Don Quixote By Miguel de Cervantes Part 2: Chapter XXVII-XXXIV

"That is true," said the duchess; "but tell me, Sancho, what is this you say about the cave of Montesinos, for I should like to know."

Sancho upon this related to her, word for word, what has been said already touching that adventure, and having heard it the duchess said, "From this occurrence it may be inferred that, as the great Don Quixote says he saw there the same country wench Sancho saw on the way from El Toboso, it is, no doubt, Dulcinea, and that there are some very active and exceedingly busy enchanters about."

"So I say," said Sancho, "and if my lady Dulcinea is enchanted, so much the worse for her, and I'm not going to pick a quarrel with my master's enemies, who seem to be many and spiteful. The truth is that the one I saw was a country wench, and I set her down to be a country wench; and if that was Dulcinea it must not be laid at my door, nor should I be called to answer for it or take the consequences. But they must go nagging at me at every step — 'Sancho said it, Sancho did it, Sancho here, Sancho there,' as if Sancho was nobody at all, and not that same Sancho Panza that's now going all over the world in books, so Samson Carrasco told me, and he's at any rate one that's a bachelor of Salamanca; and people of that sort can't lie, except when the whim seizes them or they have some very good reason for it. So there's no occasion for anybody to quarrel with me; and then I have a good character, and, as I have heard my master say, 'a good name is better than great riches;' let them only stick me into this government and they'll see wonders, for one who has been a good squire will be a good governor."

"All worthy Sancho's observations," said the duchess, "are Catonian sentences, or at any rate out of the very heart of Michael Verino himself, who florentibus occidit annis. In fact, to speak in his own style, 'under a bad cloak there's often a good drinker.'"

"Indeed, senora," said Sancho, "I never yet drank out of wickedness; from thirst I have very likely, for I have nothing of the hypocrite in me; I drink when I'm inclined, or, if I'm not inclined, when they offer it to me, so as not to look either strait-laced or ill-bred; for when a friend drinks one's health what heart can be so hard as not to return it? But if I put on my shoes I don't dirty them; besides, squires to knights-errant mostly drink water, for they are always wandering among woods, forests and meadows, mountains and crags, without a drop of wine to be had if they gave their eyes for it."

"So I believe," said the duchess; "and now let Sancho go and take his sleep, and we will talk by-and-by at greater length, and settle how he may soon go and stick himself into the government, as he says."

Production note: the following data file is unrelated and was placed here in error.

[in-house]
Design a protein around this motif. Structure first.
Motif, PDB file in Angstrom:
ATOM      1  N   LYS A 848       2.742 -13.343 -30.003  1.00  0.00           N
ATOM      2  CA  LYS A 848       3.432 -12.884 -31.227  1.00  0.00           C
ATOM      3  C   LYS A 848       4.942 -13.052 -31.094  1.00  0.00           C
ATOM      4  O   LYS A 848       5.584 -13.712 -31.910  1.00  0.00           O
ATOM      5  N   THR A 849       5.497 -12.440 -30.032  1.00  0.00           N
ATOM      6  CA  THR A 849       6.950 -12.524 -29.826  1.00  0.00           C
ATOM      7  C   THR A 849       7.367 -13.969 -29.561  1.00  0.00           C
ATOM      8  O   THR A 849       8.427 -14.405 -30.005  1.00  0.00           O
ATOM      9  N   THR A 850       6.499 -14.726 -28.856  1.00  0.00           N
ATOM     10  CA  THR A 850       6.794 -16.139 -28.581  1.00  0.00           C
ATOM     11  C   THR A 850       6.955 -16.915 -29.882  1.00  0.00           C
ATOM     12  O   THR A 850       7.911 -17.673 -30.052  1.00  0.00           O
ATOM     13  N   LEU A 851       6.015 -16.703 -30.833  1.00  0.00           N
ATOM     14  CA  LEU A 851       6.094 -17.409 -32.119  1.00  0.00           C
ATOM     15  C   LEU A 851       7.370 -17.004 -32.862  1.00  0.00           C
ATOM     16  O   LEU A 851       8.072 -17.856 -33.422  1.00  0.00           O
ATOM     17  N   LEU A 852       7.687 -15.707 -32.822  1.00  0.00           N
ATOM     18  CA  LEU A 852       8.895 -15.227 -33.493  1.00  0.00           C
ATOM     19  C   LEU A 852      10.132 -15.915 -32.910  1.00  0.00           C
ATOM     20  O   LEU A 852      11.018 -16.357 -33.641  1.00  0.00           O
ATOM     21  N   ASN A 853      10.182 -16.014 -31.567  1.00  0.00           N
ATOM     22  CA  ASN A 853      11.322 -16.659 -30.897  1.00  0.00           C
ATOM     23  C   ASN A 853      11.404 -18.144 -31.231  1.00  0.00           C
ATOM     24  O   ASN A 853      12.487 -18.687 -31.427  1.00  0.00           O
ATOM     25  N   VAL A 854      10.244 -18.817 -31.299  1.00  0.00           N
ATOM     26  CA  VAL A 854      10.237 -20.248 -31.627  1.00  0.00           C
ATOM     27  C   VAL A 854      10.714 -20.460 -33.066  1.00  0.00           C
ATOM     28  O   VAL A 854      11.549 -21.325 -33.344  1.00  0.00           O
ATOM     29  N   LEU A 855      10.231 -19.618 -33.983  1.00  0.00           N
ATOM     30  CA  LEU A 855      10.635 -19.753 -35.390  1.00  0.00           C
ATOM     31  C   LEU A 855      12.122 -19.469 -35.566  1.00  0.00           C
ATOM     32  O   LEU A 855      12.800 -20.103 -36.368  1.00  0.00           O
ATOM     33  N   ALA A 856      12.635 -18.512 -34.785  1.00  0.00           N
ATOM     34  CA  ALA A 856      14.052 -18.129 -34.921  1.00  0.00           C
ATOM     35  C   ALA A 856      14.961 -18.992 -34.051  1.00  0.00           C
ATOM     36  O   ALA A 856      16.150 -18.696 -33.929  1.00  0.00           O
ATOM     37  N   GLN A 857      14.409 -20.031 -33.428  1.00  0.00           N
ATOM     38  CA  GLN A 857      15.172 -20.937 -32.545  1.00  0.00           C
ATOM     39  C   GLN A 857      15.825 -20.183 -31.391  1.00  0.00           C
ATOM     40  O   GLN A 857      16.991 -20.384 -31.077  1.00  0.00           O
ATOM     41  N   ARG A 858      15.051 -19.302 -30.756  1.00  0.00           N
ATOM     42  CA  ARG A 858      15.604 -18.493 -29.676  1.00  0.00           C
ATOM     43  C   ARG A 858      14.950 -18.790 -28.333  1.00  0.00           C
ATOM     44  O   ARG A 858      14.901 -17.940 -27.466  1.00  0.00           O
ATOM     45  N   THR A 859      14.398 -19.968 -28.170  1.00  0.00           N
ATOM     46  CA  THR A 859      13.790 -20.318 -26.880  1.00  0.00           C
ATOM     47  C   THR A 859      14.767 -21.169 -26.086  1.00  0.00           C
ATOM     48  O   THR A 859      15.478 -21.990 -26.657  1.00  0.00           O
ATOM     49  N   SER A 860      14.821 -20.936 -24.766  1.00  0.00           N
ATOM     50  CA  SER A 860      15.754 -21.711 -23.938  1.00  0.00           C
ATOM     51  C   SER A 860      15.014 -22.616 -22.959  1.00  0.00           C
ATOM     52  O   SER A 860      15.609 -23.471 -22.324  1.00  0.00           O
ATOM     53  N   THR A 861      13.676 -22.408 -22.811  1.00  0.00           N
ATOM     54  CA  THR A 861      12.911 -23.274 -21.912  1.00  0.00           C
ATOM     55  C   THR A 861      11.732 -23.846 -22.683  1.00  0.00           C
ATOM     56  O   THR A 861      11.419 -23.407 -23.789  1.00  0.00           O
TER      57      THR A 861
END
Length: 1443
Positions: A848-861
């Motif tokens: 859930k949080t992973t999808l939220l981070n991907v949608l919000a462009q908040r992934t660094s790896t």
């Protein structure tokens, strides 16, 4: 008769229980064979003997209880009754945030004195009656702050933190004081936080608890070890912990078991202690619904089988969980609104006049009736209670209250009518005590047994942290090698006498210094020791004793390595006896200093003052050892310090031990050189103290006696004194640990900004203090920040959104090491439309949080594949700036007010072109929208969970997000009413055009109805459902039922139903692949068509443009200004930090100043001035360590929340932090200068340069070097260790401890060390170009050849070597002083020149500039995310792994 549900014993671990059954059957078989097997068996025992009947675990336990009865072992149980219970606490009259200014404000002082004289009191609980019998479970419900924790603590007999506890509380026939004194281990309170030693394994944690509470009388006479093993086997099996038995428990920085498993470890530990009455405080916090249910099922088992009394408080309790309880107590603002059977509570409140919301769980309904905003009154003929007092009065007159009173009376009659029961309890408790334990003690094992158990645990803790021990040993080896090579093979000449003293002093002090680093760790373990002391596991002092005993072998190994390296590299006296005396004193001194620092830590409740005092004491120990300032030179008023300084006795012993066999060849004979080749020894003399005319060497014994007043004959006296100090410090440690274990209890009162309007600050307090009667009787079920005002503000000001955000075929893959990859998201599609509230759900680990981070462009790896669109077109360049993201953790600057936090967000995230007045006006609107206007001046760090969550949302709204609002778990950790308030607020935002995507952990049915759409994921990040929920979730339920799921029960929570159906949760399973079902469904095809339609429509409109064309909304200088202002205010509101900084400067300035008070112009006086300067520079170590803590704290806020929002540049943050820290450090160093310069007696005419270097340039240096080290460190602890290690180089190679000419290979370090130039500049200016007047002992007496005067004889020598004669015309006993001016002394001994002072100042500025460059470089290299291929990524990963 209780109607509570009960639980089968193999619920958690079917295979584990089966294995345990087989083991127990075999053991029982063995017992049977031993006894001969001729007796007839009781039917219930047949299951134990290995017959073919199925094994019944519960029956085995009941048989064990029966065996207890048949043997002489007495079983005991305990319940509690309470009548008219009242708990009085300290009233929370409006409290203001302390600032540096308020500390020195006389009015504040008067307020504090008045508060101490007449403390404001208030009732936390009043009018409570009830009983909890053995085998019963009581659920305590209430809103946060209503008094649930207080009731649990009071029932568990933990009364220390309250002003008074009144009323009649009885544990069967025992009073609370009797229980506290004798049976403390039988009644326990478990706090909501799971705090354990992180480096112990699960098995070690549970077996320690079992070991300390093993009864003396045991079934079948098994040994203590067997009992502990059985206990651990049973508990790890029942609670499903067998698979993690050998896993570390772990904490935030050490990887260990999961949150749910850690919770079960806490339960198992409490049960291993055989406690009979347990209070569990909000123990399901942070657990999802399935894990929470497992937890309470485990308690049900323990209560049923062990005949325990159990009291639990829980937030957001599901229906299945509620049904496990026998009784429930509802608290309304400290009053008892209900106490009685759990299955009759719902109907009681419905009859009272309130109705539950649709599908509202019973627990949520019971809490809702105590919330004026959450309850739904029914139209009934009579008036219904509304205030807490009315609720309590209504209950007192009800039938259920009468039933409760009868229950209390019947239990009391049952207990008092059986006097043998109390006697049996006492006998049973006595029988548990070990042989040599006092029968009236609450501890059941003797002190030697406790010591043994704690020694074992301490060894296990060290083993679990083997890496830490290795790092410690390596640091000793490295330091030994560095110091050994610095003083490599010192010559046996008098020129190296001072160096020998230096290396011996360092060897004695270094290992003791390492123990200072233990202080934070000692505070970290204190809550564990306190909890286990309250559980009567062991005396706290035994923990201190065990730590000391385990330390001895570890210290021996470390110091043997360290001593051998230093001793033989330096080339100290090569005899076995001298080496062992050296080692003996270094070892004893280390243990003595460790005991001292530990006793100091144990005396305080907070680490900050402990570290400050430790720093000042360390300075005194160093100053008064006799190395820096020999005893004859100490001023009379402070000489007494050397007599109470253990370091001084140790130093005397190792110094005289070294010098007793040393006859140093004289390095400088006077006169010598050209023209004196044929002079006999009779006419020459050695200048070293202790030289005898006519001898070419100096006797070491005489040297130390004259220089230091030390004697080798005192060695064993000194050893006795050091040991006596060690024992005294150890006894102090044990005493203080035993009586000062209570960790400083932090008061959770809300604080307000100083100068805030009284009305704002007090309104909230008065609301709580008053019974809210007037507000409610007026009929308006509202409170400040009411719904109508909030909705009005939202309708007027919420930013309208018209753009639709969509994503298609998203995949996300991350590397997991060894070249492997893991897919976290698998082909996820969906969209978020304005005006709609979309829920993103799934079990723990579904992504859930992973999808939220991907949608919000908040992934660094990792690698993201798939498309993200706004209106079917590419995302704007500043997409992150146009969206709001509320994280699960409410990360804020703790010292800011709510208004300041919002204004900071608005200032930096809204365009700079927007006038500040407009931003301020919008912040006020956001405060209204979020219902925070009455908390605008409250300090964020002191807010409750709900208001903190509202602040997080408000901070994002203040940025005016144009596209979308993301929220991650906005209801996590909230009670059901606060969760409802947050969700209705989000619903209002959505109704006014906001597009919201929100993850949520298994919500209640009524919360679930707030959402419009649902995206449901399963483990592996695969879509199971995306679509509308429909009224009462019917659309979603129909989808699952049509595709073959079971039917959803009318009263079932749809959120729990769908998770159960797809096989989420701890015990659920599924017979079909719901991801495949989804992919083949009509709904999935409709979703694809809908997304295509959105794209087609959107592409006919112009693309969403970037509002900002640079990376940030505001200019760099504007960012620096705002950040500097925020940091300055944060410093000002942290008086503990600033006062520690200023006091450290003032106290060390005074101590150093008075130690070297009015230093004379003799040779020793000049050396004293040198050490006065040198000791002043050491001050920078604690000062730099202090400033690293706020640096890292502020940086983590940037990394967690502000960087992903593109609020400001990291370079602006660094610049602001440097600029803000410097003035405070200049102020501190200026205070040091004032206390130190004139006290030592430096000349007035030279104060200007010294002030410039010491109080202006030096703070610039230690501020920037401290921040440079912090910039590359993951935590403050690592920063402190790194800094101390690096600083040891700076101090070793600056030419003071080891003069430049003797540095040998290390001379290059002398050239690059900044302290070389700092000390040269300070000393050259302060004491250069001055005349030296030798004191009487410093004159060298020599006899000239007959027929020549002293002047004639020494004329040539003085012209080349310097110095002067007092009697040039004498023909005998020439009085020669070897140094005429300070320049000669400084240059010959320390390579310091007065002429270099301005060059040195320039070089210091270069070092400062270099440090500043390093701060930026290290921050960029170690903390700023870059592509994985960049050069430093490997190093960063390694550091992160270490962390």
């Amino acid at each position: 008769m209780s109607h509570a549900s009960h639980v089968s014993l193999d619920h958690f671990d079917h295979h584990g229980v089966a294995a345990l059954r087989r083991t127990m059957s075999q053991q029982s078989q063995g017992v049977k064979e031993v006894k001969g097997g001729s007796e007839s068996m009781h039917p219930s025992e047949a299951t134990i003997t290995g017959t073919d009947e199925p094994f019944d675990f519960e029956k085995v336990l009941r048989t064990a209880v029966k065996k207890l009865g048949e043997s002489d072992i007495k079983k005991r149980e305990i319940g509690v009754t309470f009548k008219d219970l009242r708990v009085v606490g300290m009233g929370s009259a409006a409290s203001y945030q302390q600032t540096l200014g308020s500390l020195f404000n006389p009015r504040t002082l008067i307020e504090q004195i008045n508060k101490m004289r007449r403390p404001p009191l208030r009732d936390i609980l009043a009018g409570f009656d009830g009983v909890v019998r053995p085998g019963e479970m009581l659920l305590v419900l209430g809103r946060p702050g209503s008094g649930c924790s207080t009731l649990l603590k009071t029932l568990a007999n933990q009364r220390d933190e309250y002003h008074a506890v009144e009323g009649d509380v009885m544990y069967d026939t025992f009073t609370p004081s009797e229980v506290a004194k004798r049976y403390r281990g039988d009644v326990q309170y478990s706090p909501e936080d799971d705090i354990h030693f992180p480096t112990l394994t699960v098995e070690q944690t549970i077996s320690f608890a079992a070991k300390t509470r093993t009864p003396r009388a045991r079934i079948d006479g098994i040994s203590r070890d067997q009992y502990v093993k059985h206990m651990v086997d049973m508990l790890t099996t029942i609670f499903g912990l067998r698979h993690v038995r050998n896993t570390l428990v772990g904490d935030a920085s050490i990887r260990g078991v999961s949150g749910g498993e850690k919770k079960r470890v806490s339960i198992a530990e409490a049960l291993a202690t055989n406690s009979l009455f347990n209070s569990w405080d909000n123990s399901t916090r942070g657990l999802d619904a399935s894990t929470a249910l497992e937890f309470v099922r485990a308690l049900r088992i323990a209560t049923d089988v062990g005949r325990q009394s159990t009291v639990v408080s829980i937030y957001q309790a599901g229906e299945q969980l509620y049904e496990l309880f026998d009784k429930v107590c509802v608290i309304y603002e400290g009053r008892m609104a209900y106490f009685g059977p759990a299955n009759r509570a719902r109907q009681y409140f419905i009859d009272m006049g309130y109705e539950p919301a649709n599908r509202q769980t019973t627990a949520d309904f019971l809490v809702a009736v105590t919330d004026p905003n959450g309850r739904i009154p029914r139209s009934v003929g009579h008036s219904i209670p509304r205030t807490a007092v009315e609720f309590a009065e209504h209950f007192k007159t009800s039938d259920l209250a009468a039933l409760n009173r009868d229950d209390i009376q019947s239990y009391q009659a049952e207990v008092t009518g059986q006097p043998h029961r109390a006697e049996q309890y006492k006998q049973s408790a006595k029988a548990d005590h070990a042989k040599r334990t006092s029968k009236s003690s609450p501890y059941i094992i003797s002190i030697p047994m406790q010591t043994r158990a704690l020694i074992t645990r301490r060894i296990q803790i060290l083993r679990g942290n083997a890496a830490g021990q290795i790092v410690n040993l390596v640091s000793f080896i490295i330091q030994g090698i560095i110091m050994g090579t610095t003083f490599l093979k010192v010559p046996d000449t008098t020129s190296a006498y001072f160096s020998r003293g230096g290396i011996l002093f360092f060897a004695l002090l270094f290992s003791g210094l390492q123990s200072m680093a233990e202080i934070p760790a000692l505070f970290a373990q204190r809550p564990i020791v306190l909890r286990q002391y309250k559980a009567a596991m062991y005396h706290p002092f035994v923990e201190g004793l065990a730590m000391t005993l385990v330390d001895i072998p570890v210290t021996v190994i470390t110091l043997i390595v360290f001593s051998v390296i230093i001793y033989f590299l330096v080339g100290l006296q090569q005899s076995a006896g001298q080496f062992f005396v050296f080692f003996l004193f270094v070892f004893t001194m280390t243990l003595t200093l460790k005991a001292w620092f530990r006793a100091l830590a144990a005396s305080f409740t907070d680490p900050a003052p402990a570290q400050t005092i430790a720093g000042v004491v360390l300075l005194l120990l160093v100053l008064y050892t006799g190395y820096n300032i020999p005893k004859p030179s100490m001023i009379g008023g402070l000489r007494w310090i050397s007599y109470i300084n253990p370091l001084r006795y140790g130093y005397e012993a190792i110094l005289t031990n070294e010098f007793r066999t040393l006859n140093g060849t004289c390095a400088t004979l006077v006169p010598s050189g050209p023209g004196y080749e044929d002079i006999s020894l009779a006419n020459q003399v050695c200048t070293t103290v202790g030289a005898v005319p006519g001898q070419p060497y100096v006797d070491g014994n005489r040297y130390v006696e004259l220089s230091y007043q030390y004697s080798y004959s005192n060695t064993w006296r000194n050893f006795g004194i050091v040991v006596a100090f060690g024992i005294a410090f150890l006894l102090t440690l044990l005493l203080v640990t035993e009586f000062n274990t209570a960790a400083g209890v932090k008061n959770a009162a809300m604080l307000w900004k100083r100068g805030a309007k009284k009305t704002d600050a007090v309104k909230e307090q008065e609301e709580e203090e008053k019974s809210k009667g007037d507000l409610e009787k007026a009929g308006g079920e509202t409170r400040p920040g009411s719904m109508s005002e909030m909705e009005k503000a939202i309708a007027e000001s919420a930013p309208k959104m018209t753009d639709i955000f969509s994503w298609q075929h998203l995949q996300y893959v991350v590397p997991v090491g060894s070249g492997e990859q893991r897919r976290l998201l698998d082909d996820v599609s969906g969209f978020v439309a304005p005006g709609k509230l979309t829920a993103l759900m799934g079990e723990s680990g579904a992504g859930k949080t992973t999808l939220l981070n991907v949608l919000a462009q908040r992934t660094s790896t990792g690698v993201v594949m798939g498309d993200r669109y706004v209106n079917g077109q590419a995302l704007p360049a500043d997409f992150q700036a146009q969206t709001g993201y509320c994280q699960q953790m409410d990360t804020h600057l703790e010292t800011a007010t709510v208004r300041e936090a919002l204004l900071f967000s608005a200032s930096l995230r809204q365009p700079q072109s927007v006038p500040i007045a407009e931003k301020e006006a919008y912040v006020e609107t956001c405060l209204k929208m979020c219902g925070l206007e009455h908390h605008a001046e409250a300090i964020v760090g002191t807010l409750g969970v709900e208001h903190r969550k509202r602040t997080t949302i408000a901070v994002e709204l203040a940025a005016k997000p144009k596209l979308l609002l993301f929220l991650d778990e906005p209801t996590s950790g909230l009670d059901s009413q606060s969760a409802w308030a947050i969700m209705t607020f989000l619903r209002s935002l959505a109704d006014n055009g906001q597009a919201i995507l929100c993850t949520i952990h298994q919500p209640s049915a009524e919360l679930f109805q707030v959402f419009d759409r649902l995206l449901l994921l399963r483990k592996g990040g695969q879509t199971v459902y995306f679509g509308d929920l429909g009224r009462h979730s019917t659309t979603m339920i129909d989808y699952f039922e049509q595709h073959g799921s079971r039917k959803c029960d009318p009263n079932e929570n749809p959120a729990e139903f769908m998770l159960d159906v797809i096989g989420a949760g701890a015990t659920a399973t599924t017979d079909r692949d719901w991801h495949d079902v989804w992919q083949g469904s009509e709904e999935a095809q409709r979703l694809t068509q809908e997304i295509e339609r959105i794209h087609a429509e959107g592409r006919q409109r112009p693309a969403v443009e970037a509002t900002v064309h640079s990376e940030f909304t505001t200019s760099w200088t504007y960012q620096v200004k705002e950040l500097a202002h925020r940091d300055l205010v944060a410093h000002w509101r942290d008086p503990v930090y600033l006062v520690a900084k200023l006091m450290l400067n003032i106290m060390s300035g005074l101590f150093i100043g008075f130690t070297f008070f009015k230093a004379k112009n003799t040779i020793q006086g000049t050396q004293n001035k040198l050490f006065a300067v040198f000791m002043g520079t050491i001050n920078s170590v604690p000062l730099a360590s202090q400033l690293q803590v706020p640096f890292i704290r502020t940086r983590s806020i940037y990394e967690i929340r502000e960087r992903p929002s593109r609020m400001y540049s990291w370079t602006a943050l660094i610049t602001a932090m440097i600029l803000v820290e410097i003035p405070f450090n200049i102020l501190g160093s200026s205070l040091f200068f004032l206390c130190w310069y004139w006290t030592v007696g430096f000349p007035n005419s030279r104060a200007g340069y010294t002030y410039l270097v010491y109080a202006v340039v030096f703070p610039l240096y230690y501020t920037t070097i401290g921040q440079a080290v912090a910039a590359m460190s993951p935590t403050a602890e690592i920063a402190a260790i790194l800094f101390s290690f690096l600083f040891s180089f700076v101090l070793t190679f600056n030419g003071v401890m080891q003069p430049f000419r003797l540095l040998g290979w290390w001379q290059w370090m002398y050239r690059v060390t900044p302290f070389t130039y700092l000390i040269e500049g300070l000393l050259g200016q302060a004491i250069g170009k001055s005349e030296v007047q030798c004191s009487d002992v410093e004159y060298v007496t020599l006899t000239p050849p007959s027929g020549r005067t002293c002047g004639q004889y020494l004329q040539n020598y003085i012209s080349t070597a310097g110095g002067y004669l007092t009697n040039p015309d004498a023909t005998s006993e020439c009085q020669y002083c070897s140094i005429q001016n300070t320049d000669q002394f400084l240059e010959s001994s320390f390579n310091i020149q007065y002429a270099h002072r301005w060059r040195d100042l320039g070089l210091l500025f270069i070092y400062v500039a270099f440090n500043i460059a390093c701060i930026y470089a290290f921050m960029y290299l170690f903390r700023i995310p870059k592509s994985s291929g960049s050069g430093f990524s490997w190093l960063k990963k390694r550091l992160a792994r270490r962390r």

Sancho once more kissed the duchess's hand, and entreated her to let good care be taken of his Dapple, for he was the light of his eyes.

"What is Dapple?" said the duchess.

"My ass," said Sancho, "which, not to mention him by that name, I'm accustomed to call Dapple; I begged this lady duenna here to take care of him when I came into the castle, and she got as angry as if I had said she was ugly or old, though it ought to be more natural and proper for duennas to feed asses than to ornament chambers. God bless me! what a spite a gentleman of my village had against these ladies!"

"He must have been some clown," said Dona Rodriguez the duenna; "for if he had been a gentleman and well-born he would have exalted them higher than the horns of the moon."

"That will do," said the duchess; "no more of this; hush, Dona Rodriguez, and let Senor Panza rest easy and leave the treatment of Dapple in my charge, for as he is a treasure of Sancho's, I'll put him on the apple of my eye."

"It will be enough for him to be in the stable," said Sancho, "for neither he nor I are worthy to rest a moment in the apple of your highness's eye, and I'd as soon stab myself as consent to it; for though my master says that in civilities it is better to lose by a card too many than a card too few, when it comes to civilities to asses we must mind what we are about and keep within due bounds."

"Take him to your government, Sancho," said the duchess, "and there you will be able to make as much of him as you like, and even release him from work and pension him off."

"Don't think, senora duchess, that you have said anything absurd," said Sancho; "I have seen more than two asses go to governments, and for me to take mine with me would be nothing new."

Sancho's words made the duchess laugh again and gave her fresh amusement, and dismissing him to sleep she went away to tell the duke the conversation she had had with him, and between them they plotted and arranged to play a joke upon Don Quixote that was to be a rare one and entirely in knight-errantry style, and in that same style they practised several upon him, so much in keeping and so clever that they form the best adventures this great history contains.

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After the misadventure with the windmills, Don Quixote




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